Musings on my recent trip to Israel – by Linda Hoffman Kimball, photography by Linda Hoffman Kimball
I recently returned from a tour of biblical and ancient archeological sites in Israel. Our guide, scholar Daniel O. McClellan, PhD – the active LDS biblical scholar whose podcast “Data over Dogma” is a compelling watch/listen for those of us who like to see ancient theological myths debunked and replaced with reasoned scholarship and civilized good will. We also had a local Israeli man (a non-practicing Jewish-born guide named Nave – a hip “Indiana Jones” type) – who gave us the inside scoop on current culture and Jewish history and traditions.
One place we visited was Masada where Herod the Great built lavish pleasure palaces in 37-31 BCE. One prevailing story is that the Jewish-Roman war of 72-73 CE (later than Herod the Great’s time there) ended with a mass suicide by a Jewish sect who chose that way to die rather than the letting the advancing Romans butcher them.
I found it moving to listen to Nave read to us from Ezekiel 37 while we were still up on the Masada site. That is the chapter that tells about the triumph of Jewish martyrs when their rattling bones and tendons eventually join together into new imperishable life. I tend to read those passages as an eventual triumph over physical death for all people, but Nave’s powerful recitation of those bold scriptures gave me new insights and vital perspectives.
On Saturday – the Sabbath in Jerusalem – we attended church at the BYU Jerusalem Center with its spectacular view of the entire city. One speaker summed up what I had been feeling about this complicated holy city. He said, “All around me, the water whispers and the rocks testify.”
We saw many major religious sites including the traditional and alternative sites for both the baptism of Jesus – at different spots along the Jordan River – and the briefly occupied tomb/s of Jesus after the crucifixion. While I have no dog in the fight over which tomb was the “real” one, I loved our discussion within a literal pebble’s throw from The Garden Tomb and the tutelage from Dan that afternoon under the shade of a tree with birds singing and flowers blooming.
One delight was being served a tasty meal at “Jimmy’s Buffet” in the Palestinian city of Jericho. After the meal Jimmy and his kin invited us to his adjoining gift shop featuring jewelry, souvenirs, and all-things-olive-wood. These items ranged from simply carved hearts to nativity sets in every size imaginable. While not Latter-day Saints themselves, Jimmy and his family are savvy to LDS customs and sell olive wood vials that hold olive oil for the healing of the sick. And – oddly – they also carry olive wood busts of Joseph Smith.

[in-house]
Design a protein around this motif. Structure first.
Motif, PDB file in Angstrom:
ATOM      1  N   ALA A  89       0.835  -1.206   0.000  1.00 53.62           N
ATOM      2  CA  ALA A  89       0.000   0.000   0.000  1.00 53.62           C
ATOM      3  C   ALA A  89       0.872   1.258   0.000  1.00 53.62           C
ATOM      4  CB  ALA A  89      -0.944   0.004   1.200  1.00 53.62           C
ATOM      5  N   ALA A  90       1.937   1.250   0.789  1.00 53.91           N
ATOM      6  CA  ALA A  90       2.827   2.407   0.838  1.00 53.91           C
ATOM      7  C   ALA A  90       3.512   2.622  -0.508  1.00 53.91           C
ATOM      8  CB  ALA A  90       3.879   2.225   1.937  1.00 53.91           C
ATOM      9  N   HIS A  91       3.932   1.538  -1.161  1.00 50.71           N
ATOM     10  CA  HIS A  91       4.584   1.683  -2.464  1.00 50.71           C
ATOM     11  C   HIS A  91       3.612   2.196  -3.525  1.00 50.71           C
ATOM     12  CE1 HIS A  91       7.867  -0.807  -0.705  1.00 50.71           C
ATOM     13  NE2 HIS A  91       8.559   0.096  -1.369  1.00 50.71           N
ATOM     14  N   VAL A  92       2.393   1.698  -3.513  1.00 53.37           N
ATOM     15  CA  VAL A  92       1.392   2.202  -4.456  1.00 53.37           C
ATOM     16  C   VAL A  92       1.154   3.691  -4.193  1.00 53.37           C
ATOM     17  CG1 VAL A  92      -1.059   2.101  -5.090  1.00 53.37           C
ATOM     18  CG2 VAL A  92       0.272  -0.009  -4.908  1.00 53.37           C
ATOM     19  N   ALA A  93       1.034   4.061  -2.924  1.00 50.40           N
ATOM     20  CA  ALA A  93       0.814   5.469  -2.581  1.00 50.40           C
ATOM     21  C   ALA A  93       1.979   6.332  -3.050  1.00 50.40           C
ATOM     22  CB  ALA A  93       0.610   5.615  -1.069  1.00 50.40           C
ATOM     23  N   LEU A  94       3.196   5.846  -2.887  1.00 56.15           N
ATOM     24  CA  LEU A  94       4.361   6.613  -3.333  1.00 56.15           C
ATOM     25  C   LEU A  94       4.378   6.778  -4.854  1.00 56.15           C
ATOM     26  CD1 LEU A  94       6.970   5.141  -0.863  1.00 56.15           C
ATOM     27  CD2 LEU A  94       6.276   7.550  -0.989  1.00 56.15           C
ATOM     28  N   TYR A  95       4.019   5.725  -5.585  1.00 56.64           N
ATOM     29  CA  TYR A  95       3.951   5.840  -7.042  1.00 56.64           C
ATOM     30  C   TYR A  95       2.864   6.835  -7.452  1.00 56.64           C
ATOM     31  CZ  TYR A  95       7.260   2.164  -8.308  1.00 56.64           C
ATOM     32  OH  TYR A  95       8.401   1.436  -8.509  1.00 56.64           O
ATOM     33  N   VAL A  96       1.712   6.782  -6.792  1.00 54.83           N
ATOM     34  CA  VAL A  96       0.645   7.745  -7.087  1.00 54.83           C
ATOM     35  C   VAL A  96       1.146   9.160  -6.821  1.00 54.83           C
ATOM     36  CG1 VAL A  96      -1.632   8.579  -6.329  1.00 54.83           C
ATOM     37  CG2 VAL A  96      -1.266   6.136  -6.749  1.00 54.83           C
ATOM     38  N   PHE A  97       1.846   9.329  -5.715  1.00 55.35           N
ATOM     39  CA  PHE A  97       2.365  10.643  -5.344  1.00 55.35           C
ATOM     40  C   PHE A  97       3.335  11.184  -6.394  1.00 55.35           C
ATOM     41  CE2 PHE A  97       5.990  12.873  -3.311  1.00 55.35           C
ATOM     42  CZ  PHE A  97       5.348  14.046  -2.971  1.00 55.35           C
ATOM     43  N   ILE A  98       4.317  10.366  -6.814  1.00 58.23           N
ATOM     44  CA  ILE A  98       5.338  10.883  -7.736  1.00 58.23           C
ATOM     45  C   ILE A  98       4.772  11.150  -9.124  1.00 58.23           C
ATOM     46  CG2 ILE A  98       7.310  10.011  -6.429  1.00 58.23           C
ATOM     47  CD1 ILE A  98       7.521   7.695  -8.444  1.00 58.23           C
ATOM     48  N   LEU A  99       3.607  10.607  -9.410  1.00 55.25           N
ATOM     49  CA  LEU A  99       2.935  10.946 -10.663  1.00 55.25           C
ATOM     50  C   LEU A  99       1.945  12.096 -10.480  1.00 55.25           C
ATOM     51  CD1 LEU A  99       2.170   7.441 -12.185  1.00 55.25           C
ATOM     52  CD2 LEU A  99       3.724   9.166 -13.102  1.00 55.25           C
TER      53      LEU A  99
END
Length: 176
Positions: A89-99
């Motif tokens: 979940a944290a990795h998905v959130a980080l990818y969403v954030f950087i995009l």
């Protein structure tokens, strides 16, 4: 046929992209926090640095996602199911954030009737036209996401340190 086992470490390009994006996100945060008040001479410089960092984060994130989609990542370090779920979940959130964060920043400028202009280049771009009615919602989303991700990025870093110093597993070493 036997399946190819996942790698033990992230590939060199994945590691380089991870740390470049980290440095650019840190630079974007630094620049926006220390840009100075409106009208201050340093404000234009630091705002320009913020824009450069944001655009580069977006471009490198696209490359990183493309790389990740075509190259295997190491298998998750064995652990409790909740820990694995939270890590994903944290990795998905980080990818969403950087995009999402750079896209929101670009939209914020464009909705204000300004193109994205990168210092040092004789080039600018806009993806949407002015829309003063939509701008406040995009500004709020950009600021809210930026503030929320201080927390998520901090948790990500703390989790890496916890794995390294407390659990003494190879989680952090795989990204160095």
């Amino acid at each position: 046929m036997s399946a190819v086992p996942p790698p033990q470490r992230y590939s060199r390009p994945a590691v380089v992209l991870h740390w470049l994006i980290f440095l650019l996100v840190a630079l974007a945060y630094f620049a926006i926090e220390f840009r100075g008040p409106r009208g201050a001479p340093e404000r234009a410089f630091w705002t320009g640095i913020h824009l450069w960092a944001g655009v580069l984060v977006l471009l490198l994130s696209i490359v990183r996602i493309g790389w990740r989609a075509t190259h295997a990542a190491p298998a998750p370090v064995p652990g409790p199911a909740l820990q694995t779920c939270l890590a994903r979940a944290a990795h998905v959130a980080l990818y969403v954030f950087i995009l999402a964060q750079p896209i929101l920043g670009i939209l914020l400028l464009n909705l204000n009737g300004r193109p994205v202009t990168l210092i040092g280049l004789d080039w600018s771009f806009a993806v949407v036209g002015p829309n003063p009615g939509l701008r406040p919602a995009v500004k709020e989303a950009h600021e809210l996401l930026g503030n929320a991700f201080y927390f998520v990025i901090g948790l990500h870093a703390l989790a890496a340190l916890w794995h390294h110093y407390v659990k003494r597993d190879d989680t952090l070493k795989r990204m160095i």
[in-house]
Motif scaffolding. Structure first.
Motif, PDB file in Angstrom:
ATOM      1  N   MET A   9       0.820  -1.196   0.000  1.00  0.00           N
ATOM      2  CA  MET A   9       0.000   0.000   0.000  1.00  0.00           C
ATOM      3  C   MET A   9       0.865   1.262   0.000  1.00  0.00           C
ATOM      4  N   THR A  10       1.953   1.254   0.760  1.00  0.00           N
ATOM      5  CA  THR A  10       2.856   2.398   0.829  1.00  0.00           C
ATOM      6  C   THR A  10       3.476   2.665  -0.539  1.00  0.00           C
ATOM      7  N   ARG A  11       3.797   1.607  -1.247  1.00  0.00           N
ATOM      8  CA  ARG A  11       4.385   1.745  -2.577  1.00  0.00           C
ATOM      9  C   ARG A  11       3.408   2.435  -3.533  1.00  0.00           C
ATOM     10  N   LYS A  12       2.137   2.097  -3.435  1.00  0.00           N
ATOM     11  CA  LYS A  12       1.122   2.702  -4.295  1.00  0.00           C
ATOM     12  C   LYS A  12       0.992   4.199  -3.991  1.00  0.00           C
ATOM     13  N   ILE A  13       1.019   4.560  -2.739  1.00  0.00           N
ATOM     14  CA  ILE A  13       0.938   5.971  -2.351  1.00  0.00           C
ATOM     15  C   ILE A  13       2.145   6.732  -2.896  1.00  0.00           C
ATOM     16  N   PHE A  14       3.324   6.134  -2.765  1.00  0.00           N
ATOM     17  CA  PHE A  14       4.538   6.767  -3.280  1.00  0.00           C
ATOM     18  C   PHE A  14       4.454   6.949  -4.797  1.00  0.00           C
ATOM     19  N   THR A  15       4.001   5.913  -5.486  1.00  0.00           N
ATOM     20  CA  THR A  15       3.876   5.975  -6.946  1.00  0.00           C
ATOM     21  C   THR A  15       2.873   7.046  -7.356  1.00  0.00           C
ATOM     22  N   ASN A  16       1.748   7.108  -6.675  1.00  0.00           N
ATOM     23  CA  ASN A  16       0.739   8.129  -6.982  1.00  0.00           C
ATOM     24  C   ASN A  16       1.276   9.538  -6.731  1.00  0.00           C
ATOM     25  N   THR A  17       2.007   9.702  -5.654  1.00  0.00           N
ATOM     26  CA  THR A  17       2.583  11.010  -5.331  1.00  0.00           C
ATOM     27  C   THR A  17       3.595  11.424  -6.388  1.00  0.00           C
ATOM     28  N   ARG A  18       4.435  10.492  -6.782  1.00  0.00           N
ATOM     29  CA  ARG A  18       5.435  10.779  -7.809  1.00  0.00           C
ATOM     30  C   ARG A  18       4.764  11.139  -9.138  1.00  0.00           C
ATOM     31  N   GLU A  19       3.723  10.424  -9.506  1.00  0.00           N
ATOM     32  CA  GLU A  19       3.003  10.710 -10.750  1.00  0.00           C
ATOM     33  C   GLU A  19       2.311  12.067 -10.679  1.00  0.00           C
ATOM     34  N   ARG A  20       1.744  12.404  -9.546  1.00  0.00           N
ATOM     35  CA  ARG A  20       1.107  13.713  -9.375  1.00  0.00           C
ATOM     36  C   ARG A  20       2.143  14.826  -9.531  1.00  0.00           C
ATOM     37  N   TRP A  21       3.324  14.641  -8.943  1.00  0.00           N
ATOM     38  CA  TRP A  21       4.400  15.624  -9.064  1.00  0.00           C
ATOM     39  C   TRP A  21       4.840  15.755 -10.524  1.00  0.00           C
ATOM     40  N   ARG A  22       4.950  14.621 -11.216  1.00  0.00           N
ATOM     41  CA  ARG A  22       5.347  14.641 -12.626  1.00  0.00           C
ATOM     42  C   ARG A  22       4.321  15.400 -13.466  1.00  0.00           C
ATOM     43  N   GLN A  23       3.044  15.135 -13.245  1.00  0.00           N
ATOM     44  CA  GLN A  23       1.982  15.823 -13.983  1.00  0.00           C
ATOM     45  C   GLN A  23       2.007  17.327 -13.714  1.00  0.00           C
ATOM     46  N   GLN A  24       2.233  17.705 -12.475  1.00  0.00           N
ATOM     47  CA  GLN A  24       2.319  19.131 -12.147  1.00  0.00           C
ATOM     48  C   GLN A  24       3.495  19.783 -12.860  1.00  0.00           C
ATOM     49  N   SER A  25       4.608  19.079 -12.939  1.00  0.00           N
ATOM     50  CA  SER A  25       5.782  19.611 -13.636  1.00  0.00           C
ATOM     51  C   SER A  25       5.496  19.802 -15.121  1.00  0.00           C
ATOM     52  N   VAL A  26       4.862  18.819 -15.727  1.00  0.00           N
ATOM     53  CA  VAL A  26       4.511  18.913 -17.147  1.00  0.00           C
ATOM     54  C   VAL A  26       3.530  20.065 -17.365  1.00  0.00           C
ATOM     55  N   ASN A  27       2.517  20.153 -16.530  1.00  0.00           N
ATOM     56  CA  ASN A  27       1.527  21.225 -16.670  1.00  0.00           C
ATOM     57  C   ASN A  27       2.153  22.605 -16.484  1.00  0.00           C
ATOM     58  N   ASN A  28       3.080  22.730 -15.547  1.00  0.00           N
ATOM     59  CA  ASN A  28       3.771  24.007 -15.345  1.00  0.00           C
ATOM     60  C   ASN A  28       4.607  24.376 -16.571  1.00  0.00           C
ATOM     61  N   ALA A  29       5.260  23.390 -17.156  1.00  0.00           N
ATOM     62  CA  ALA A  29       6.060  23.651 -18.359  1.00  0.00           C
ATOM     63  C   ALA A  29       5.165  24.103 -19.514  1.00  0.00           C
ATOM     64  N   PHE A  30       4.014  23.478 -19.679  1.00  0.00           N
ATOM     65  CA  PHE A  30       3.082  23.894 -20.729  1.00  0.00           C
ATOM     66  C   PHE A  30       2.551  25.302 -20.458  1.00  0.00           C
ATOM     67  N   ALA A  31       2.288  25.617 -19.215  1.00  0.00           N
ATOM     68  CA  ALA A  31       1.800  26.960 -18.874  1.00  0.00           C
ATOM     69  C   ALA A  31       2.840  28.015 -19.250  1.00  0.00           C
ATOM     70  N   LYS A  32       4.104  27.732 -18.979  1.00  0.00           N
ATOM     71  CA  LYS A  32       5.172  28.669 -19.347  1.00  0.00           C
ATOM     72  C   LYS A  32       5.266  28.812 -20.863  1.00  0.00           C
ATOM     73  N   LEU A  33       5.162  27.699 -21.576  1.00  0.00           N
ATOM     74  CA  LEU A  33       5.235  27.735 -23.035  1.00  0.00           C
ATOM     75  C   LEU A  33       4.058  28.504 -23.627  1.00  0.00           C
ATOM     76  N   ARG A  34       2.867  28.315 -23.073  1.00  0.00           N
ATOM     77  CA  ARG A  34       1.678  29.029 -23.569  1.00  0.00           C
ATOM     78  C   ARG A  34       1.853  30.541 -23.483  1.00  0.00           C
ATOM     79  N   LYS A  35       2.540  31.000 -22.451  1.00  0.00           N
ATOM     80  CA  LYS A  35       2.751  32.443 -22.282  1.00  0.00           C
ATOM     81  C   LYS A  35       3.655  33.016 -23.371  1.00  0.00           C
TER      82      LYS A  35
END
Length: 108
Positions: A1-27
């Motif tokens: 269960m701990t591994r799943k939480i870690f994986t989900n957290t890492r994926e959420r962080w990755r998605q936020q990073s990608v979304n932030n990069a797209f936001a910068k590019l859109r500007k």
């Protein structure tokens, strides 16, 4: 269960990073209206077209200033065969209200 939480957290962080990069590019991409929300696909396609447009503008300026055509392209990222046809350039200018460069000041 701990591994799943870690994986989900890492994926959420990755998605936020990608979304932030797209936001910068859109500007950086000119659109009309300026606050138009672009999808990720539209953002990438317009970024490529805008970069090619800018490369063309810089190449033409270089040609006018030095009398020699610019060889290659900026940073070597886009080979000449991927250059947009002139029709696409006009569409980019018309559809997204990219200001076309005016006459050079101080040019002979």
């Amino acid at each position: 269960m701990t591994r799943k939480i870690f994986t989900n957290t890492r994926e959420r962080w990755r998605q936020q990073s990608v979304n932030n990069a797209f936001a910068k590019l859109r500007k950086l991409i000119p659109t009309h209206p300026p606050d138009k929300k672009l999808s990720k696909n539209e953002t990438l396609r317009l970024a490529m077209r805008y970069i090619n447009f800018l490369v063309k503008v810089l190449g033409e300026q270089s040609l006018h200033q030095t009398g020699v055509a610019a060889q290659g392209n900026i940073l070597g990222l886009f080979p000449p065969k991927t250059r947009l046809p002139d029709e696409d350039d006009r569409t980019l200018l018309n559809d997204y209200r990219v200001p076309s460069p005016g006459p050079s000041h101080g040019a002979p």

One detail that caught my imagination was a small ladder high up and outside one of the domes of the Church of the Holy Sepulcher in a section of Old Jerusalem. The first evidence of the ladder comes from a 1728 engraving by Elzearius Horn. Here’s a quote from the linked article:
Sometime in the first half of the 18th century, someone placed a ladder up against the wall of the church. No one is sure who he was, or more importantly, to which sect he belonged. The ladder remains there to this date. No one dares touch it, lest they disturb the status quo, and provoke the wrath of others.
Even since the Church’s earliest days theological variants competed for the title of “the real” Church. Today’s Church of the Holy Sepulcher continues the tradition of having a delicate shared custodianship by:
the Greek Orthodox, Armenian Apostolic and Roman Catholic Church, with lesser duties shared by Coptic, Ethiopian and Syriac Orthodox churches. The whole edifice is carefully parceled into sections, some being commonly shared while others belonging strictly to a particular sect.
This made me wonder about the unacknowledged “ladders” we find in our own Latter-day Saint church communities. Are there ways we institutionally don’t move “ladders”/ tensions that seem too delicate or dangerous to bring up depending on the make-up and mood of our local ward and general leaders? Might these “ladders” include LBGTQ concerns; varied and tense political stances; the status and well-being of unmarried church members; enhanced leadership opportunities for women; etc.?
Will our inabilities to resolve some of these issues stick around for nearly three centuries like that untouchable ladder? Might we be able to find a fragile peace like all the religious variants that maintain the Church of the Holy Sepulcher do? Can we – or should we as seekers of truth – accomplish that without addressing those challenges? Can we thrive as a group while those “ladders” are still untouched, disrupting our unity as a body of believers?
And now I will return to my photo files to relive my recent weeks and contemplate and sort the images.
That way I can be my own type of archeologist continuing to explore this significant trip still so fresh in my mind. I thank God for this eye-opening and mind-widening experience. I hope I never finish my dig.